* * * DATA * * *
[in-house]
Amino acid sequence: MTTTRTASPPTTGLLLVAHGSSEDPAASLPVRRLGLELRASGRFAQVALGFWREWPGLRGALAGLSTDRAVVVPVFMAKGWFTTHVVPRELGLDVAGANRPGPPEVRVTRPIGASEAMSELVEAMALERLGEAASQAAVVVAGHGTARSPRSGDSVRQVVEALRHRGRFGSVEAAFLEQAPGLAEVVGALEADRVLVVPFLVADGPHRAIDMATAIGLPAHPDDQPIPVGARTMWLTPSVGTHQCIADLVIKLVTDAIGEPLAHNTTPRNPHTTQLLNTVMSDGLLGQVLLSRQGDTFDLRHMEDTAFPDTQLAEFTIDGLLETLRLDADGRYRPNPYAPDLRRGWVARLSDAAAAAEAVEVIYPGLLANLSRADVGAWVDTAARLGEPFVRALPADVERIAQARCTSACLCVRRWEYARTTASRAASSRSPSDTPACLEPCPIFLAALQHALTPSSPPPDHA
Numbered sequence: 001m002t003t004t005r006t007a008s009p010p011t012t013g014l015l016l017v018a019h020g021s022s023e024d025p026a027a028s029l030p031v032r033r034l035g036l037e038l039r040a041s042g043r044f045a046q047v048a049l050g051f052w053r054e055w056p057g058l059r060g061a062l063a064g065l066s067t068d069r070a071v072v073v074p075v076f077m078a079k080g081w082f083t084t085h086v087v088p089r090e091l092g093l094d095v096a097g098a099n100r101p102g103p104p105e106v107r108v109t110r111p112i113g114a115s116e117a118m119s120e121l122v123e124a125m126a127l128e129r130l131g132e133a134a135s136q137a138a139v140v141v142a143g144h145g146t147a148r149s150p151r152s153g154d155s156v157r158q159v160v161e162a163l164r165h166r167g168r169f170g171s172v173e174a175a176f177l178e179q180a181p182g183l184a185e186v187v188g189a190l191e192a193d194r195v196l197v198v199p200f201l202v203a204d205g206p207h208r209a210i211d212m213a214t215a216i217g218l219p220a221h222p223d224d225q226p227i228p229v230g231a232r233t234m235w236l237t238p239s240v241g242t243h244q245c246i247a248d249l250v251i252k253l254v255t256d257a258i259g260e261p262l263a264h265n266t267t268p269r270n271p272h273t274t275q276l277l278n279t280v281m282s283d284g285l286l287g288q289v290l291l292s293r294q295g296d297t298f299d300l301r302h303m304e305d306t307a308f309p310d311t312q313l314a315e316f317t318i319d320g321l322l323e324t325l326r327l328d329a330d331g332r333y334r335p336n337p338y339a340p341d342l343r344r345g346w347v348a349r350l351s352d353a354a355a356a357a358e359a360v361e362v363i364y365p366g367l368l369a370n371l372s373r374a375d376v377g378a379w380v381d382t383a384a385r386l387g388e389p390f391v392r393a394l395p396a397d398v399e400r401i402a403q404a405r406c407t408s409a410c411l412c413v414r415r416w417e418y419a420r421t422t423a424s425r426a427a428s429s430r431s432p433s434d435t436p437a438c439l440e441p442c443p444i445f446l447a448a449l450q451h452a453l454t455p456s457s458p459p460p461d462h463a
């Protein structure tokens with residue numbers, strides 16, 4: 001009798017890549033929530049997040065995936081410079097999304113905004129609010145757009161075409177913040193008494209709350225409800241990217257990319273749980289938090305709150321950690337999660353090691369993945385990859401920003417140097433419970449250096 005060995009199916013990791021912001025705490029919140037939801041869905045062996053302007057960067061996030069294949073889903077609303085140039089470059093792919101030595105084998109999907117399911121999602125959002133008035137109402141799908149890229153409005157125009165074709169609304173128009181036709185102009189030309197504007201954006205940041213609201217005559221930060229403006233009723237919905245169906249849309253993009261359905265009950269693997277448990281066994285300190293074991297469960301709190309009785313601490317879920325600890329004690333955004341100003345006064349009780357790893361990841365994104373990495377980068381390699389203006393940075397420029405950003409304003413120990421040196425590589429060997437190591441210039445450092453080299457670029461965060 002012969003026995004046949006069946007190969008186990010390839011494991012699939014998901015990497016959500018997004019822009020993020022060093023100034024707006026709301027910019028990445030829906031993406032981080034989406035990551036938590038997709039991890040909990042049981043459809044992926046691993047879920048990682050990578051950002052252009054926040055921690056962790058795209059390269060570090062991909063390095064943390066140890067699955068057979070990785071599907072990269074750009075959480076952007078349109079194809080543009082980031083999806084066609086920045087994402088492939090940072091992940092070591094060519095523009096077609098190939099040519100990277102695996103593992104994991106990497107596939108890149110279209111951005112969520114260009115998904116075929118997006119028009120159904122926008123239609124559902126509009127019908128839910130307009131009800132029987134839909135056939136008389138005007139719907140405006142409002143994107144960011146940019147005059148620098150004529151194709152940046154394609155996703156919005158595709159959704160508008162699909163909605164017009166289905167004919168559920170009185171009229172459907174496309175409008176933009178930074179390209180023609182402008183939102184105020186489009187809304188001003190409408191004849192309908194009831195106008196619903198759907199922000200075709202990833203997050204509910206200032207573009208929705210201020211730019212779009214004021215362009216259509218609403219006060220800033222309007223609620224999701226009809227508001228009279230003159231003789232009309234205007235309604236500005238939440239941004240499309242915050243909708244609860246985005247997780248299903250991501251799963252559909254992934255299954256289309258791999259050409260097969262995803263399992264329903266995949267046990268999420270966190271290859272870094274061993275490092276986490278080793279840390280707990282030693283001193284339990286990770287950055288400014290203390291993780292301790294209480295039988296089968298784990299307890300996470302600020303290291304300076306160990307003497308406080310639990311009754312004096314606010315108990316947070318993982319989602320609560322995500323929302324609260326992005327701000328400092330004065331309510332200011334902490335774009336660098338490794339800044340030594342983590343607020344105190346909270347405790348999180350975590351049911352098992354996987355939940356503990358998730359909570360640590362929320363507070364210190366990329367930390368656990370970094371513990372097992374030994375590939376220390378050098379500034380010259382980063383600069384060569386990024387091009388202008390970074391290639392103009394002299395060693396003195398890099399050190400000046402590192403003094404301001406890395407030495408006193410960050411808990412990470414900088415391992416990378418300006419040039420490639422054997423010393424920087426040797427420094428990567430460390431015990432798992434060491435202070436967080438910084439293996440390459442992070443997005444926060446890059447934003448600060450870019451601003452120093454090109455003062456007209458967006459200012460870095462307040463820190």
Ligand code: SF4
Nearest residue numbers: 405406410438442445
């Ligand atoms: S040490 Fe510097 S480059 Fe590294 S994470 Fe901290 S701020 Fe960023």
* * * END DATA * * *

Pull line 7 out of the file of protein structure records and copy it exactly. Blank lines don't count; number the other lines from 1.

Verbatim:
């Ligand atoms: S040490 Fe510097 S480059 Fe590294 S994470 Fe901290 S701020 Fe960023």